Another item from my blog backlog, this time a 2/17 piece by Claire Cain Miller in the NYT, (in print) “Job Disconnect: Male Applicants, Feminine Language”, (on-line) “Job Listings That Are Too ‘Feminine’ for Men”. On the one hand, we have jobs that are widely considered to be the province of one sex rather than the other (and so are dominated by that sex). On the other hand, we have lexical items that have associations with one gender rather than the other. Meanwhile, there’s a need to attract more men into what have traditionally been “women’s jobs” — because that’s where the action is.
The article reports on research about how things might be jiggled in a positive direction via the way job ads are phrased. This can be only a small piece of a solution, but it’s a possible piece.
Job postings for home health aides say applicants need to be “sympathetic” and “caring,” “empathetic” and focused on “families.” It turns out that doesn’t lead very many men to apply.
One of the biggest economic riddles today is why out-of-work men aren’t pursuing the jobs that are growing the most, which are mainly in health care. A big reason is that these so-called pink-collar jobs are mostly done by women, and that turns off some men.
Employers have something to do with that: An analysis of listings for the 14 fastest-growing jobs from 2014 to 2024 found that they used feminine language, which has been statistically shown to attract women and deter men. The study was done by Textio, which has analyzed 50 million job listings for language that provokes disproportionate responses from men or women.
The qualities sought for male-dominated jobs also apply to female-dominated ones, much more than traditionally male jobs require traditionally female qualities.
The most “feminine” job postings were those for home health aides, a job that is 89 percent female and projected to grow 38 percent by 2024. Common key words in the job descriptions were sympathetic, care, fosters, empathy and families — all of which Textio has found appeal more to female candidates — and are more likely to result in a female hire. Job listings for other fast-growing and female-dominated jobs like nurse practitioner, genetic counselor and physician assistant used similarly feminine language.
Compare that with job listings for cartographers, one of the few fast-growing jobs that is male-dominated. It is 62 percent male and expected to grow 29 percent by 2024. Common key words were manage, forces, exceptional, proven and superior. These words tend to appeal to men and generally result in a male hire, Textio found. Job descriptions for the two fastest-growing jobs that men mostly do — wind turbine technicians and commercial divers — also used masculine language.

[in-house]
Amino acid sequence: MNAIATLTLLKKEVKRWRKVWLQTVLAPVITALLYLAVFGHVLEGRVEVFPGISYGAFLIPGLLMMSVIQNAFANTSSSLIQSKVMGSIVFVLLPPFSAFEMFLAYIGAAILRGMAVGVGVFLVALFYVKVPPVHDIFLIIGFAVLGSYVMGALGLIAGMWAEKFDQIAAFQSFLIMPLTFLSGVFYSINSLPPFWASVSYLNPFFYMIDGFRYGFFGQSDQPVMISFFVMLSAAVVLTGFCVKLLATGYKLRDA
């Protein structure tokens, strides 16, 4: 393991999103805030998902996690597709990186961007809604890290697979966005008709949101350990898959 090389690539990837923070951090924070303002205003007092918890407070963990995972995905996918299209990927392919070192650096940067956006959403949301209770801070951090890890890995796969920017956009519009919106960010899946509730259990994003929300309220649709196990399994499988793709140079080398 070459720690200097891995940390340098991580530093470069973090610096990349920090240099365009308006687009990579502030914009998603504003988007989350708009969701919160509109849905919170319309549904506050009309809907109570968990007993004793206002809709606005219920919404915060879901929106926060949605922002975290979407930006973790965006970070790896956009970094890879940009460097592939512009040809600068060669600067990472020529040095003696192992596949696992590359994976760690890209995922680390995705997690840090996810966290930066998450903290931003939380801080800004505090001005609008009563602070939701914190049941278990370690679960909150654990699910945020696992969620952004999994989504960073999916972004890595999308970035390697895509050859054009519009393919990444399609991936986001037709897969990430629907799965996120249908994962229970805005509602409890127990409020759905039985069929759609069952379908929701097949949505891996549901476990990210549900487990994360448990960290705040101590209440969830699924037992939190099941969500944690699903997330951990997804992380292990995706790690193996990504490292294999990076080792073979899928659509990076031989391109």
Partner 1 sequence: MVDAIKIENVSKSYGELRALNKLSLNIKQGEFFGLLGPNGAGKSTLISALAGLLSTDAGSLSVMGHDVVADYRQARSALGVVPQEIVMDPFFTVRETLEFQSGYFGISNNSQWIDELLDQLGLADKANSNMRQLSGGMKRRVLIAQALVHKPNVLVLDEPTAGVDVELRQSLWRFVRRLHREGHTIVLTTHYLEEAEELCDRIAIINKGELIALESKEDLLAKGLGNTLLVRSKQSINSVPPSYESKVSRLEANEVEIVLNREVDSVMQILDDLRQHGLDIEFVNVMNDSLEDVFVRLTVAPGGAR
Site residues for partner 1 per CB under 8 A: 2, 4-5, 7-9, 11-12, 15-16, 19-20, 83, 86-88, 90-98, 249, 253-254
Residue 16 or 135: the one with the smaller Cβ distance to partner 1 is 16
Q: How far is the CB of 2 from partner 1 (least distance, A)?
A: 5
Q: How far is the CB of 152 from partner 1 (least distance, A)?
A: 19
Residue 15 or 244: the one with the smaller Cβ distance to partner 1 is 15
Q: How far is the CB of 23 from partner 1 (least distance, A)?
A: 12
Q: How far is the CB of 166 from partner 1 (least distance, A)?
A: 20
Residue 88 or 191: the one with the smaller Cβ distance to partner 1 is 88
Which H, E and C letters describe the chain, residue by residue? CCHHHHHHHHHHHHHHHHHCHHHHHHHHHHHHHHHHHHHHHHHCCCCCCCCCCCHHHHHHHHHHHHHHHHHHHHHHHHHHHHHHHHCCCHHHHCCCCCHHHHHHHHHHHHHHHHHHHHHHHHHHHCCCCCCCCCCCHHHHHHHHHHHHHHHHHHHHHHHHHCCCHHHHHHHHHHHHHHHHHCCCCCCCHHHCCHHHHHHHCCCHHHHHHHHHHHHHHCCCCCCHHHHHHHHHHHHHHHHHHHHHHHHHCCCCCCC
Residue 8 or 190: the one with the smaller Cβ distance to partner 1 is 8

But just as cartographers need to be “exceptional” and “proven,” so do health aides. The reverse is not necessarily true — cartographers don’t necessarily need to be “sympathetic” or focused on “families” to excel. That might be one reason that women have historically entered male-dominated professions, like law or management, more than men have entered female-dominated ones, like teaching or nursing.
Societal expectations and stigmas concerning masculinity deter men from feminine jobs, social scientists say, so some health care employers have tried to use more masculine language to appeal to men, like talking about the “adrenaline rush” of being an operating room nurse. A better solution, according to Textio’s data, is to use gender-neutral language in job postings.
For example, Textio said it improved the results for a job posting for a software development manager by changing a few words from masculine to gender neutral: “premier” instead of “world-class,” “extraordinary” instead of “rock star” and “handle a fast-paced schedule” instead of “manage” it.
There is a benefit to the employer in changing the wording. Gender-neutral language fills jobs 14 days faster than posts with a masculine or feminine bias, Textio said, and attracts a more diverse mix of people.
Ah, but then you have to smooth things once these people turn up for work. Looking at things from the other side of the lens: you can bring women into technical jobs, but if the workplace is hostile, things might not go well. You can bring men into health care jobs, but if they find their masculinity threatened by the culture of the workplace, things might not go well.